If Barack Obama expected any sympathy for his lament yesterday that he’s not the Green Lantern, as Greg Sargent put it on Twitter and in his blog yesterday, he’d be looking at people like Dana Milbank and Maureen Dowd for support. Greg certainly tried his best to defend Obama’s assertion that the President can’t make Congress bend to his will:
The reason all these explanations don’t weigh on the Green Lanternites is the basic process/ideological imbalance identified above. It’s okay for the nonpartisan writer to criticize a president for failing to exert his will (a process judgment), but it’s not okay for the nonpartisan writer to fault Republicans for failing to agree to move in the direction of the policy a president wants (an ideological judgment). Today, for instance, Ron Fournier, to his credit, conceded that Obama was right in describing the limits on his powers. But he added: “Even if you concede to Obama every point of his Tuesday news conference, a president looks weak and defeated when he shifts accountability to forces out of his control.”
Perhaps this is how the public will view Obama; perhaps it isn’t. What is clear, however, is the basic imbalance here. While neutral commentators often hold up compromise, abstractly, as the Holy Grail, the process/ideology dichotomy makes it much easier for those commentators to fault the president for failing to work the process effectively enough to secure compromise than to pillory the opposition for being ideologically uncompromising.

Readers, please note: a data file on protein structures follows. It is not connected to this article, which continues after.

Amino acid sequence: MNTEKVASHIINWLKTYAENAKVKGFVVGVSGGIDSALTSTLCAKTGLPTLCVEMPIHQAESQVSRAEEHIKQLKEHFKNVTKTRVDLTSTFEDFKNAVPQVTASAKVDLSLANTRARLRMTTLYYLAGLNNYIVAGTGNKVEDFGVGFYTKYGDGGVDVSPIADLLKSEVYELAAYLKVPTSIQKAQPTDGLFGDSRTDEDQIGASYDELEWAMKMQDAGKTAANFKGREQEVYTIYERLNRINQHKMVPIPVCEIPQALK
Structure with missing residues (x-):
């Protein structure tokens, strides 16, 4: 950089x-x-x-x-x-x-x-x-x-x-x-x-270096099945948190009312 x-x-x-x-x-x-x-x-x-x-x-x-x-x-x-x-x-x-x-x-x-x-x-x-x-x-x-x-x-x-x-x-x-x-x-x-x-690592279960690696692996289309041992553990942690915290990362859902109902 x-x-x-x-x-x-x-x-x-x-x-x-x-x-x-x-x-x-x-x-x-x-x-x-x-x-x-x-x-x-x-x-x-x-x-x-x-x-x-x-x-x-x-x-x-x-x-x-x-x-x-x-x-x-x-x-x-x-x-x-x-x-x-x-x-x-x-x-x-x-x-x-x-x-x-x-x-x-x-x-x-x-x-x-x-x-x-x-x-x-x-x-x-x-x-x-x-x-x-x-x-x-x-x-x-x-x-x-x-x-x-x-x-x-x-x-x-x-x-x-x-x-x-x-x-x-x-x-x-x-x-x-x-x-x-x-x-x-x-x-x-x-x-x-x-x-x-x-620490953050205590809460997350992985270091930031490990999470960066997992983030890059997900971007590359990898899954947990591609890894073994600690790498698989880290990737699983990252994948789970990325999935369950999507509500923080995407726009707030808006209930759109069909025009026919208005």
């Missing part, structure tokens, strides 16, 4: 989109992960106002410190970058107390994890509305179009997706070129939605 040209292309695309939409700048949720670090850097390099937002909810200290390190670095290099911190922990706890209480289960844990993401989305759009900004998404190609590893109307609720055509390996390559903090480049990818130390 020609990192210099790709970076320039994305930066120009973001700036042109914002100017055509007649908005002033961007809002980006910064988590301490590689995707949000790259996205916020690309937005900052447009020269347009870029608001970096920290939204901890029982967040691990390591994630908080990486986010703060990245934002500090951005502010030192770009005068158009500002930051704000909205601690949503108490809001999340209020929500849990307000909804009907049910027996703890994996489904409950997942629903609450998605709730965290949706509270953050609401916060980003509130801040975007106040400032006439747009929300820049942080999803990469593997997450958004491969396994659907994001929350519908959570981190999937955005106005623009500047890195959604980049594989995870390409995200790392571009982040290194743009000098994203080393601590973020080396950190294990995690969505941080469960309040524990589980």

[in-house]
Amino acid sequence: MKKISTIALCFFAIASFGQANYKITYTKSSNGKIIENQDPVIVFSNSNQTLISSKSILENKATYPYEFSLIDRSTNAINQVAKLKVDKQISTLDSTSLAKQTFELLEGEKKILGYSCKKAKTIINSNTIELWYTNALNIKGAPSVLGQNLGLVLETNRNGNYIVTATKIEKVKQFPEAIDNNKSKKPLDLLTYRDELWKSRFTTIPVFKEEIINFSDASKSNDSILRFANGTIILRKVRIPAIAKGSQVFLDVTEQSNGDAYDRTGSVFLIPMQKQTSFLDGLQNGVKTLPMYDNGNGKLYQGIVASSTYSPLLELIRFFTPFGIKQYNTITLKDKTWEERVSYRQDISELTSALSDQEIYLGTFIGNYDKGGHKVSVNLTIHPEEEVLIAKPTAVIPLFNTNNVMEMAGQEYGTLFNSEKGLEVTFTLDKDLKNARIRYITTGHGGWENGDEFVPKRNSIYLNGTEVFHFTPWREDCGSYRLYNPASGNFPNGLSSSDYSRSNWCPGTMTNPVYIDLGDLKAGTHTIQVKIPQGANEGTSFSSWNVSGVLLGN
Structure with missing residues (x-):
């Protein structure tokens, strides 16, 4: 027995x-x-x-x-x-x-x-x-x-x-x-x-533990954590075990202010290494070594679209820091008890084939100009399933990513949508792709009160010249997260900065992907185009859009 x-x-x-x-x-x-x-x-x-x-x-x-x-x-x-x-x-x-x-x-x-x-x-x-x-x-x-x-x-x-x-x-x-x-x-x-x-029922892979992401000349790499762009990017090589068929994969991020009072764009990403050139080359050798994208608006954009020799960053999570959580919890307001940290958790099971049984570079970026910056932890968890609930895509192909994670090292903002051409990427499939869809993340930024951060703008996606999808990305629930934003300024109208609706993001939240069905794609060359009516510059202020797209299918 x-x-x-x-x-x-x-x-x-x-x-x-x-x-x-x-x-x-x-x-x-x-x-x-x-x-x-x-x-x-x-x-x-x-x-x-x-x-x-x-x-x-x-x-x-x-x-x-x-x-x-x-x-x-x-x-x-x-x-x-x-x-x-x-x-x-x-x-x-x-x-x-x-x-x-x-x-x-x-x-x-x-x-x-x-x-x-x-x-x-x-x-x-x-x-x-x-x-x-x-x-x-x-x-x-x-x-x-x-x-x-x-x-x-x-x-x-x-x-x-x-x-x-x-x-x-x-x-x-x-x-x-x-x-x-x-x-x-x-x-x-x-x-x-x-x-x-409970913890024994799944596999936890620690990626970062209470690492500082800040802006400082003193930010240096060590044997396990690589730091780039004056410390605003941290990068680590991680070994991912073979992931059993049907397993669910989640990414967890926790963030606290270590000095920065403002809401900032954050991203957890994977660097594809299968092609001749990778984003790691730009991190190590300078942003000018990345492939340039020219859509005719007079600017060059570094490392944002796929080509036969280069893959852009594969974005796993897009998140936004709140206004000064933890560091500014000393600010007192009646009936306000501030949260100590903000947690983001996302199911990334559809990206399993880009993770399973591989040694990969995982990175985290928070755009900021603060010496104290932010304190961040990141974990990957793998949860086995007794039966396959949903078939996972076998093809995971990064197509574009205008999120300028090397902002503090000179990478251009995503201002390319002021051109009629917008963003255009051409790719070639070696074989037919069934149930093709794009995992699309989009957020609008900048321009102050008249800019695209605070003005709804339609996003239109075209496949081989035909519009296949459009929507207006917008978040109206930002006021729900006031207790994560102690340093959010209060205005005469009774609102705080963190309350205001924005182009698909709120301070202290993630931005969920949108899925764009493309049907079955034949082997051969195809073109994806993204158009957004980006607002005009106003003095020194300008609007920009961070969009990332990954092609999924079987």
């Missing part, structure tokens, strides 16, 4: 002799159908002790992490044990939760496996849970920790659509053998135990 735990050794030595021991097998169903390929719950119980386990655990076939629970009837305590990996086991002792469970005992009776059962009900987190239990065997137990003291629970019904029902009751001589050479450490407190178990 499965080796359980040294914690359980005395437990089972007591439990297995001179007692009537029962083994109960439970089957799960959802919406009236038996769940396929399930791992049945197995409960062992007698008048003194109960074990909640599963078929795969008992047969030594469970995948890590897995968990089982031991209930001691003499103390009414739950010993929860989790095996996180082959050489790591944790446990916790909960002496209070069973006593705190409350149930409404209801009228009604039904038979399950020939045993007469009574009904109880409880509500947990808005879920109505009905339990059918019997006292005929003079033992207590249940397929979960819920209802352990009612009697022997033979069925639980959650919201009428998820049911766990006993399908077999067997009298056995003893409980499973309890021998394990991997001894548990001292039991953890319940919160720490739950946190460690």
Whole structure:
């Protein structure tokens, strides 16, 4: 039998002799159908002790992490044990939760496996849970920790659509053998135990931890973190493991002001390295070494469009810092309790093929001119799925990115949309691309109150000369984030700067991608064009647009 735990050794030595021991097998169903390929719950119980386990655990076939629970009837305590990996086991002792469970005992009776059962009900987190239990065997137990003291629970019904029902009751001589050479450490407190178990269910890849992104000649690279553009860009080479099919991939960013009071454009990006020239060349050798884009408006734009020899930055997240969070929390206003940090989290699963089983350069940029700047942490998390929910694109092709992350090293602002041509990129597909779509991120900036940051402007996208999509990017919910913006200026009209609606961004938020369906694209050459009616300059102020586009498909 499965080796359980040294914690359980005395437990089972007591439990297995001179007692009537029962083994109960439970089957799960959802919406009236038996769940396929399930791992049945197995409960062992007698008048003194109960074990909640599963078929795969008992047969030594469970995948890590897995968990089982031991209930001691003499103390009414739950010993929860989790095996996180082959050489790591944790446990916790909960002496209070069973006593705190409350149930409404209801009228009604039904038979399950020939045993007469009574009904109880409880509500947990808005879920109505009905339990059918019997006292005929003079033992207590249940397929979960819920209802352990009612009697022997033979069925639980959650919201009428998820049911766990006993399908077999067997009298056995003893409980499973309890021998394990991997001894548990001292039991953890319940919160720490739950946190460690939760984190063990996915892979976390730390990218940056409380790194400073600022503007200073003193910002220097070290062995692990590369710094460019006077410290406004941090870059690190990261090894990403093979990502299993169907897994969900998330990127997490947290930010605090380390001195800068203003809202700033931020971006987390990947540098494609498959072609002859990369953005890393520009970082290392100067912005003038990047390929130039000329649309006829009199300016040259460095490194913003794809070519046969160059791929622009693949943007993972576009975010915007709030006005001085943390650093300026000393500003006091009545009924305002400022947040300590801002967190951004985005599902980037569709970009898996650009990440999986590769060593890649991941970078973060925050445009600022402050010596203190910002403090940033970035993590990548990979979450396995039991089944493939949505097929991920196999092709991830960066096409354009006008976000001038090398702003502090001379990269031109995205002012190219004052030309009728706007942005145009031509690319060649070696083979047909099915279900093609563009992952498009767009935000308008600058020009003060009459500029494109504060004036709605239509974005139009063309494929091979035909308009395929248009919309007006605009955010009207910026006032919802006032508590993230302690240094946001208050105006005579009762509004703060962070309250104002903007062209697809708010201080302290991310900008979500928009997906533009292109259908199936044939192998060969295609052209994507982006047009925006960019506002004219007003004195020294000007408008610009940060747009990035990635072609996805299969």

Ahem. For the past several years, we have heard next to nothing from the national media about Republicans except for their supposed obstinacy and refusal to compromise. That was true even when John Boehner offered significant revenue in 2011 to end the tax rate/budget standoff, and when it was Obama who moved the goalposts and forced the adoption of the White House’s sequester. Maybe the problem here is that the national media has talked that point to death, and at some point they have to go back to the President and wonder why he’s not finding ways to lead rather than just complain from the sidelines.
Besides, which party has actually passed budgets for the last three cycles through their control of a chamber of Congress, and which party has refused to do so and prevented any regular compromise as a result? And where was President Obama on that problem? He hardly urged Harry Reid to get the Senate to do its job, and in fact was two months late with this cycle’s budget proposal.
So far, though, Greg’s argument isn’t carrying much weight with his Washington Post colleague, Dana Milbank. Dana is still under the illusion that Presidents should be judged on their ability to lead:
If there was a common theme to the president’s many troubles, it was an uncooperative Congress. “Right now things are pretty dysfunctional up on Capitol Hill,” he observed. As an example, he mentioned the legislation — signed into law by Obama — to end flight delays caused by the sequester’s furloughs of air-traffic controllers by shifting money from airport repairs and improvements. “In order to avoid delays this summer, we’re going to ensure delays for the next two or three decades,” he said.